In honor of Greg Wilson and his family and friends, we invite you to learn more about his remarkable work through his own words. Reprinted with permission from the Keystone 10 Million Trees Partnership Partners in Action blog.
From the very beginning, Donegal Trout Unlimited has been devoted to repairing streams.
When I got involved with Donegal Trout Unlimited (DTU) in 1990, information on stream repair for laymen was hard to find. This was before the big surge of interest to Save The Bay. Our Trout Unlimited chapter focus was to improve trout habitat. Being a concrete contractor, I figured we will roll rocks to speed the flows, move the sediment, and discourage livestock from entering the stream. That would be it, fixed.
Then Donegal Trout Unlimited members met former Chesapeake Bay Foundation employee Lamonte Garber. Lamonte said we need trees. Then we heard from people at The Alliance for the Bay that we need trees. Then we heard Stroud Water Research Center’s story of we need trees. But they should be native trees.
On our shoestring budget stream project, prior to larger grants becoming available, we would scrounge up any materials that became available. Our funding was very limited. It was always a problem to afford trees and shrubs at the completion of a stream project.
Lamonte and I hatched the idea to create a grow out station. Every spring we would look for trees, pots, and soil. We would gather seedlings from anywhere we could, get used pots, and sometimes buy some soil. The plan was to babysit these plants ’til fall and plant out a tree that may be taller than the grass. This was prior to knowing we needed tree shelters.
We somehow were ahead of deer knowing the great browsing potential in a new buffer and had some success. It was around 1996 that we launched the nursery at Millport Nature Conservancy. Today the nursery has grown and become very streamlined under the leadership of Garry Longenecker.
Three years ago, we were approached by Sarah Xenophon, of Penn State, about joining forces in the nursery, as they had a small location with challenges. Penn State University merged forces to improve and expand our potential.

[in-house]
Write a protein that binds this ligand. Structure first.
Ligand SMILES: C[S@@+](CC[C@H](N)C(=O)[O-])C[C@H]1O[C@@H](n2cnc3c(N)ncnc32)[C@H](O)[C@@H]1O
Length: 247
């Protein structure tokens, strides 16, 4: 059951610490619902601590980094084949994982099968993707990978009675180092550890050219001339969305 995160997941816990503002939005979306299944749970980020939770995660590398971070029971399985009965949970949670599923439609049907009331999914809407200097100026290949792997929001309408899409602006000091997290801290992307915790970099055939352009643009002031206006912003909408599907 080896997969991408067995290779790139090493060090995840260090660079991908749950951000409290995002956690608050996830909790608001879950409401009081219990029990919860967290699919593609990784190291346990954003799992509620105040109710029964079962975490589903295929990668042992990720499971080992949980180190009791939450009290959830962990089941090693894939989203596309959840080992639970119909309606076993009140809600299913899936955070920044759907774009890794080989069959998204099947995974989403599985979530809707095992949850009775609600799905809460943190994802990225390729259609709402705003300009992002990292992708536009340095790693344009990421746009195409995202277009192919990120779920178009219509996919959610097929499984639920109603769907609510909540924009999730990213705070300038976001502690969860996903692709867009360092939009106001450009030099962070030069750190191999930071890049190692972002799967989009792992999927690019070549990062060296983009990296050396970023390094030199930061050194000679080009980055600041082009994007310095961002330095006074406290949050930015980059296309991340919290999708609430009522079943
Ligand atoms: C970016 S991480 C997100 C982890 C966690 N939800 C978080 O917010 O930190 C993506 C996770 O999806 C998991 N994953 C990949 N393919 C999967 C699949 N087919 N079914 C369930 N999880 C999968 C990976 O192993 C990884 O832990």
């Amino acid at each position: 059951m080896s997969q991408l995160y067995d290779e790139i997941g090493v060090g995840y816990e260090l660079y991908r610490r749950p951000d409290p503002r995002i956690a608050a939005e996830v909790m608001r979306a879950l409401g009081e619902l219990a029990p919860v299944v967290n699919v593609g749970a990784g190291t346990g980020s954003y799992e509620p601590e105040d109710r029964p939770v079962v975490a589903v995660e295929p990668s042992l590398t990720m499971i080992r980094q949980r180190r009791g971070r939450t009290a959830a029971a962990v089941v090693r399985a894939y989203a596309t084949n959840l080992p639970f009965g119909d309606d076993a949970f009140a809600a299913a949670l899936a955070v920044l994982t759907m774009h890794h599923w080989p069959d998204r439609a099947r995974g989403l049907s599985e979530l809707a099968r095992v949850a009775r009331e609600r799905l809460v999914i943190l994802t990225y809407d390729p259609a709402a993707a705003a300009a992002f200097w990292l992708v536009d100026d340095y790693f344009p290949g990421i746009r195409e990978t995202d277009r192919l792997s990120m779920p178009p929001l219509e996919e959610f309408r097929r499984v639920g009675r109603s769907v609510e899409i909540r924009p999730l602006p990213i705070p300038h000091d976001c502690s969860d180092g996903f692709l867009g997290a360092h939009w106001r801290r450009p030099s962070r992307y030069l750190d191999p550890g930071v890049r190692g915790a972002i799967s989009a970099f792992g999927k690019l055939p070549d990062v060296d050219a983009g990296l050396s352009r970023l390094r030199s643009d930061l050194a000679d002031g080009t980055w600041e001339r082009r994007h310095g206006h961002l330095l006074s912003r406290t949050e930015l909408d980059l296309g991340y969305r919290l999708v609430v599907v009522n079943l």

This year, we expanded our wet bed, an area with standing water to grow our live stakes. We receive composted soil blend from one township and another township hauls it to the facility. We pot-up several thousand plants with volunteers.
It is a special day when the kids come to the nursery for Lititz Run Watershed Day. Warwick School District brings all the fifth graders to have varying experiences around the Lititz Run watershed.
One experience is potting bare root seedlings in the nursery. It is always fun to rally them on to plant more trees than the last group planted, while using the opportunity to teach the students about the important work DTU does in Lancaster County. Let’s see how you can do!
So, a year or two prior to the launch of the Keystone 10 Million Trees Partnership, I actually went to a meeting at the Department of Conservation and Natural Resources (DCNR) about supporting our nursery with seedlings from the state nursery. This was still a pretty large expense to our chapter. It was maybe too small to fit the DCNR’s alignment.
Then I heard of K10 launching and signed up. DTU members are so thankful for the materials, training, and support this program is offering. We are using it in two ways. We order for some immediate planting needs for projects and CBF approved helping supply our grow out station.
This has been such a great program for our chapter to receive all the supplies for our plantings.
Many of our projects may not be interested in other options so this allows us to get plants along with these projects.
The more we do, the “behinder” we get. As our projects cover more miles, we realized the need for more volunteers to help with maintenance. We received a grant to purchase a trailer that will be equipped for plantings and maintenance. We are developing a buffer maintenance team to continue the long-term care of our projects.
All of our work is done by volunteers, we really appreciate the thousands of hours that have been donated to stream project plantings, nursery work and maintenance. We could not do it without their help.
Donegal Trout Unlimited has a few miles of restoration work in the works for this year and next.
As our TU statement says, “One Stream at a Time.”
Reach out to CBF, Trout Unlimited, and your county conservation district to improve your stream along your property. It protects your stream, your land, and trout habitat, along with helping the Chesapeake Bay.Greg Wilson, Donegal Trout Unlimited Conservation Co-Chair